The 1930's play Green Pastures, which was later made into a movie, has a moving and memorable scene. The Lord is looking out over the parapets of heaven, trying to decide what to do with the sinful situation on earth. Gabriel enters with his horn tucked under his arm. Sensing the Lord’s dilemma, he brushes his lips across the trumpet to keep the feel of it and asks, Lord, has the time come for me to blow the trumpet?”

            No, no,” said the Lord, don’t touch the trumpet, not yet.”

            God continues to ponder the problem. Gabriel asks the Lord again what he plans to do. Will he send someone to tend to the situation? Who will it be? Gabriel makes some suggestions. How about another David or Moses? You could send one of the prophets: Isaiah or Jeremiah. There are lots of great prophets up here. What do you think, Lord?”

            Without looking back at Gabriel, God said, I am not going to send anyone. This time I am going myself!!”

            And, of course, that is what God did. In the words of the Gospel writer John “The Word became flesh and dwelt among us.” But why? What is the meaning of it all?

            Years ago Soren Kierkegaard, the great Danish theologian, explained the miracle of Christmas with a parable. It goes something like this …


            Once upon a time there lived a king who loved a poor maiden. This king was an all-powerful king. He could choose any maiden in his kingdom for his bride. But this particular maiden did not know the king or suspect his love for her. This posed a problem for the king. He knew if he approached her as the king, she would be awed by the differences between them. She might admire him for his power and status, but she could not forget that he was the king and that she was but a humble maiden. Because he truly loved her the king wanted her to love him for himself, not for his power. The king considered the possibility of somehow secretly elevating the maiden to the rank of a princess. Then they would be equals. But he quickly realized the folly of this approach. She would see through his deception. And if she did not, he feared the transformation might alter her character. And he loved her as she was.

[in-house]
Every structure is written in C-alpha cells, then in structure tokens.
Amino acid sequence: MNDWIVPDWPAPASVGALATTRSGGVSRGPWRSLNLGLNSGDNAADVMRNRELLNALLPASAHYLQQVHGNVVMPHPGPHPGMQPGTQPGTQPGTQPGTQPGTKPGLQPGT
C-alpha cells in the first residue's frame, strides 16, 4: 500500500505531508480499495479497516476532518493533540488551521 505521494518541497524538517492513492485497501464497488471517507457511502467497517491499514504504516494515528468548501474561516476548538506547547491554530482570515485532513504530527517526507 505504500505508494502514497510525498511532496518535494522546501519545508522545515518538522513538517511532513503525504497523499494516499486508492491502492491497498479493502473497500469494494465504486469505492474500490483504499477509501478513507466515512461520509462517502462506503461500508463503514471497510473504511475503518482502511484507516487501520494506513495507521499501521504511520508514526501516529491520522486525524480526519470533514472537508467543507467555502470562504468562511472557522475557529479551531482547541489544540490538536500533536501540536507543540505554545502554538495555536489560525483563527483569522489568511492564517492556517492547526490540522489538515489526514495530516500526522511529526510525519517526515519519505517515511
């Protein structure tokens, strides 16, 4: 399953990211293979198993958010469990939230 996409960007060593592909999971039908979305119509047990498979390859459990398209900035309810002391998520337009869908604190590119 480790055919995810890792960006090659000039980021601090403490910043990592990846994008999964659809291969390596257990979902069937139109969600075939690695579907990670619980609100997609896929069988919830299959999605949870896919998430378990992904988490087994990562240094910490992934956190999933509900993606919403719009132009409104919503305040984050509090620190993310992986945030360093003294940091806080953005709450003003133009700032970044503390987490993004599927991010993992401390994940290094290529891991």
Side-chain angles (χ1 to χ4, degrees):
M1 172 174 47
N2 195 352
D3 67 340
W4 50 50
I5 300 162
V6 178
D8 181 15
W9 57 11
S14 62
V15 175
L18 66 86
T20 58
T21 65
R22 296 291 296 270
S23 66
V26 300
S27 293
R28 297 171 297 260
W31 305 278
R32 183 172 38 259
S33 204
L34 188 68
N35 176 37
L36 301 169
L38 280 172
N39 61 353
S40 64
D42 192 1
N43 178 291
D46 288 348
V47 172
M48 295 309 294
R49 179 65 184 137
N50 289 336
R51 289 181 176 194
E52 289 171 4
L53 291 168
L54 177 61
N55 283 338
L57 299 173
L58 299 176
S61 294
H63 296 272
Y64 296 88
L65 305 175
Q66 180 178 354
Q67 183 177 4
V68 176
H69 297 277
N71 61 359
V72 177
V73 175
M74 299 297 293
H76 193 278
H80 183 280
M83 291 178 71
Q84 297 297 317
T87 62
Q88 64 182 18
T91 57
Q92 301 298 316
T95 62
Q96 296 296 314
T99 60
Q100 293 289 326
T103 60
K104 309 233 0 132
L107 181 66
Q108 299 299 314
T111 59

The king grieved. How could he help his beloved to understand him as he wished to be understood, as a lover rather than a king? Finally, the way became clear. If their union could not be effected through the maiden’s elevation to the king, it must be attempted through the king’s descent to the maiden. The king realized he must appear in the likeness of a servant, as one humble enough to serve her. So he clothed himself in a beggar’s cloak and went out to meet the maiden. Did she accept his love? Would he woo her? What do you think?


            An angel appears to a virgin, and announces that she will give birth to God’s child. This was God’s way of seeking to woo humanity. God would humble Himself and live among us so that we might come to know His true nature. God had no desire to overpower us. He wanted us to love him for himself.

            Granted, some question the virgin birth, the whole immaculate conception story line, like the man who heckled the former slave Sojourner Truth. After being freed as a slave Sojourner Truth became a fearless public speaker and tireless crusader for women’s rights. It is said that she electrified audiences throughout the 19th century.